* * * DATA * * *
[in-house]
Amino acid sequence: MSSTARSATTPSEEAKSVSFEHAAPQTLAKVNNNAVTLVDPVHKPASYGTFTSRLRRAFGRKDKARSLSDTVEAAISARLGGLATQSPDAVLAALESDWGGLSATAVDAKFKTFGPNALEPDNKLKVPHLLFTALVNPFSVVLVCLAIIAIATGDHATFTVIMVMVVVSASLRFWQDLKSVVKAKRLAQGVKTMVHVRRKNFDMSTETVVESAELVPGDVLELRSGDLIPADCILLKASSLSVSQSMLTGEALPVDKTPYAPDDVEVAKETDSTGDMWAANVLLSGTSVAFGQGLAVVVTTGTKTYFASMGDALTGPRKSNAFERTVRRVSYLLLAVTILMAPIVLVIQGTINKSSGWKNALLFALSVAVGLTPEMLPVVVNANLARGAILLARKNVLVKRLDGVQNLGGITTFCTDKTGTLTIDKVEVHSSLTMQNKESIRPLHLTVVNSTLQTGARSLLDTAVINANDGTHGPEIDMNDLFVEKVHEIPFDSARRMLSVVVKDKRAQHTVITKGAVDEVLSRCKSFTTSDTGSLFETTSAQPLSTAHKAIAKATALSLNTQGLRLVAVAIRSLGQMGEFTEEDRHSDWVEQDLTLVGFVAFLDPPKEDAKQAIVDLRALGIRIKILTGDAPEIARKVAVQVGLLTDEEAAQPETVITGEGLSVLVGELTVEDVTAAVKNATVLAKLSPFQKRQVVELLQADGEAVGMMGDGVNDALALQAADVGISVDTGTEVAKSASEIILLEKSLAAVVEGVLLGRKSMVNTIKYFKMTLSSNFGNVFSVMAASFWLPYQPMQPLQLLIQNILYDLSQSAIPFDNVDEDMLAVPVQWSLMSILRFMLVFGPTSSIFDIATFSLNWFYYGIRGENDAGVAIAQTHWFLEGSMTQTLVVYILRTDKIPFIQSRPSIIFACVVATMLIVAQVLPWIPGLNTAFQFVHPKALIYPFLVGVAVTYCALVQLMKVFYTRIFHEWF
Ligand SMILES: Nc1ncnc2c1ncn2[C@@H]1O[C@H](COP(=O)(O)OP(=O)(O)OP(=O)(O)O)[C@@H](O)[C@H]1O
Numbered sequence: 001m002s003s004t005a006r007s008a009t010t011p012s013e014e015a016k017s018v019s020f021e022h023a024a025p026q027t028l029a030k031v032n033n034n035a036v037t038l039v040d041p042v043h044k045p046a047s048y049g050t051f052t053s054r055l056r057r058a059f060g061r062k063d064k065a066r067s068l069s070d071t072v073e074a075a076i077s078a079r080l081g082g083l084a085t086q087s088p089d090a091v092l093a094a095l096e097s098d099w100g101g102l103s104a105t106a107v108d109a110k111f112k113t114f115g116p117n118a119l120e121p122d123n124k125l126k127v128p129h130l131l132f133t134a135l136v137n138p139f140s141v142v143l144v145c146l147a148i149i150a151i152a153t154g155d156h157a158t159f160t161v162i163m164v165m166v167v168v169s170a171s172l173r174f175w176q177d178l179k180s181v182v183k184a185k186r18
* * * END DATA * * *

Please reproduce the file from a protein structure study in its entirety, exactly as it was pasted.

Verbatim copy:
[in-house]
Amino acid sequence: MSSTARSATTPSEEAKSVSFEHAAPQTLAKVNNNAVTLVDPVHKPASYGTFTSRLRRAFGRKDKARSLSDTVEAAISARLGGLATQSPDAVLAALESDWGGLSATAVDAKFKTFGPNALEPDNKLKVPHLLFTALVNPFSVVLVCLAIIAIATGDHATFTVIMVMVVVSASLRFWQDLKSVVKAKRLAQGVKTMVHVRRKNFDMSTETVVESAELVPGDVLELRSGDLIPADCILLKASSLSVSQSMLTGEALPVDKTPYAPDDVEVAKETDSTGDMWAANVLLSGTSVAFGQGLAVVVTTGTKTYFASMGDALTGPRKSNAFERTVRRVSYLLLAVTILMAPIVLVIQGTINKSSGWKNALLFALSVAVGLTPEMLPVVVNANLARGAILLARKNVLVKRLDGVQNLGGITTFCTDKTGTLTIDKVEVHSSLTMQNKESIRPLHLTVVNSTLQTGARSLLDTAVINANDGTHGPEIDMNDLFVEKVHEIPFDSARRMLSVVVKDKRAQHTVITKGAVDEVLSRCKSFTTSDTGSLFETTSAQPLSTAHKAIAKATALSLNTQGLRLVAVAIRSLGQMGEFTEEDRHSDWVEQDLTLVGFVAFLDPPKEDAKQAIVDLRALGIRIKILTGDAPEIARKVAVQVGLLTDEEAAQPETVITGEGLSVLVGELTVEDVTAAVKNATVLAKLSPFQKRQVVELLQADGEAVGMMGDGVNDALALQAADVGISVDTGTEVAKSASEIILLEKSLAAVVEGVLLGRKSMVNTIKYFKMTLSSNFGNVFSVMAASFWLPYQPMQPLQLLIQNILYDLSQSAIPFDNVDEDMLAVPVQWSLMSILRFMLVFGPTSSIFDIATFSLNWFYYGIRGENDAGVAIAQTHWFLEGSMTQTLVVYILRTDKIPFIQSRPSIIFACVVATMLIVAQVLPWIPGLNTAFQFVHPKALIYPFLVGVAVTYCALVQLMKVFYTRIFHEWF
Ligand SMILES: Nc1ncnc2c1ncn2[C@@H]1O[C@H](COP(=O)(O)OP(=O)(O)OP(=O)(O)O)[C@@H](O)[C@H]1O
Numbered sequence: 001m002s003s004t005a006r007s008a009t010t011p012s013e014e015a016k017s018v019s020f021e022h023a024a025p026q027t028l029a030k031v032n033n034n035a036v037t038l039v040d041p042v043h044k045p046a047s048y049g050t051f052t053s054r055l056r057r058a059f060g061r062k063d064k065a066r067s068l069s070d071t072v073e074a075a076i077s078a079r080l081g082g083l084a085t086q087s088p089d090a091v092l093a094a095l096e097s098d099w100g101g102l103s104a105t106a107v108d109a110k111f112k113t114f115g116p117n118a119l120e121p122d123n124k125l126k127v128p129h130l131l132f133t134a135l136v137n138p139f140s141v142v143l144v145c146l147a148i149i150a151i152a153t154g155d156h157a158t159f160t161v162i163m164v165m166v167v168v169s170a171s172l173r174f175w176q177d178l179k180s181v182v183k184a185k186r18